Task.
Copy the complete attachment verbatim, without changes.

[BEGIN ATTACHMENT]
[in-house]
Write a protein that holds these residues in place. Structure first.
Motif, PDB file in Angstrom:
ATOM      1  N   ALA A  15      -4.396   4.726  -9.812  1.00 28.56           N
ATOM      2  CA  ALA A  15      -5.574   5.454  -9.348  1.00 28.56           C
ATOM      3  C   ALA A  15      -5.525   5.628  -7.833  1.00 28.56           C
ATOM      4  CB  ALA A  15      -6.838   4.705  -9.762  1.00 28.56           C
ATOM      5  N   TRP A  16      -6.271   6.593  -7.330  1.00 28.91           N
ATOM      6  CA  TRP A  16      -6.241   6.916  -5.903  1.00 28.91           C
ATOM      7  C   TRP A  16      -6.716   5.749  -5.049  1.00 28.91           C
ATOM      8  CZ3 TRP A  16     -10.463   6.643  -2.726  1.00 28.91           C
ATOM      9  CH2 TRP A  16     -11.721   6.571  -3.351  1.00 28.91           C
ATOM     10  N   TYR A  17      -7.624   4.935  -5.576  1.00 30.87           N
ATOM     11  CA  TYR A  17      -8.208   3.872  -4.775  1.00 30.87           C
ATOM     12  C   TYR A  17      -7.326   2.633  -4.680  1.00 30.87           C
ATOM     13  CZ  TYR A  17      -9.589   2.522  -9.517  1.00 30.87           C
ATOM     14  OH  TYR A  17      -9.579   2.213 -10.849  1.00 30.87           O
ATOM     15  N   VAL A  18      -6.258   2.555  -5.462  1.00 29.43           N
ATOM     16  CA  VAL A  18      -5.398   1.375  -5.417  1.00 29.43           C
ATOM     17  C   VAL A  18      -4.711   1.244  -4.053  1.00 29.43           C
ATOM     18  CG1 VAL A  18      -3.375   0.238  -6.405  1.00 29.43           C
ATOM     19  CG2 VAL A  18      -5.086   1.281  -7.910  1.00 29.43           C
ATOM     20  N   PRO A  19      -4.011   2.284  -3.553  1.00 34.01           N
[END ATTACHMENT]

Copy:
[in-house]
Write a protein that holds these residues in place. Structure first.
Motif, PDB file in Angstrom:
ATOM      1  N   ALA A  15      -4.396   4.726  -9.812  1.00 28.56           N
ATOM      2  CA  ALA A  15      -5.574   5.454  -9.348  1.00 28.56           C
ATOM      3  C   ALA A  15      -5.525   5.628  -7.833  1.00 28.56           C
ATOM      4  CB  ALA A  15      -6.838   4.705  -9.762  1.00 28.56           C
ATOM      5  N   TRP A  16      -6.271   6.593  -7.330  1.00 28.91           N
ATOM      6  CA  TRP A  16      -6.241   6.916  -5.903  1.00 28.91           C
ATOM      7  C   TRP A  16      -6.716   5.749  -5.049  1.00 28.91           C
ATOM      8  CZ3 TRP A  16     -10.463   6.643  -2.726  1.00 28.91           C
ATOM      9  CH2 TRP A  16     -11.721   6.571  -3.351  1.00 28.91           C
ATOM     10  N   TYR A  17      -7.624   4.935  -5.576  1.00 30.87           N
ATOM     11  CA  TYR A  17      -8.208   3.872  -4.775  1.00 30.87           C
ATOM     12  C   TYR A  17      -7.326   2.633  -4.680  1.00 30.87           C
ATOM     13  CZ  TYR A  17      -9.589   2.522  -9.517  1.00 30.87           C
ATOM     14  OH  TYR A  17      -9.579   2.213 -10.849  1.00 30.87           O
ATOM     15  N   VAL A  18      -6.258   2.555  -5.462  1.00 29.43           N
ATOM     16  CA  VAL A  18      -5.398   1.375  -5.417  1.00 29.43           C
ATOM     17  C   VAL A  18      -4.711   1.244  -4.053  1.00 29.43           C
ATOM     18  CG1 VAL A  18      -3.375   0.238  -6.405  1.00 29.43           C
ATOM     19  CG2 VAL A  18      -5.086   1.281  -7.910  1.00 29.43           C
ATOM     20  N   PRO A  19      -4.011   2.284  -3.553  1.00 34.01           N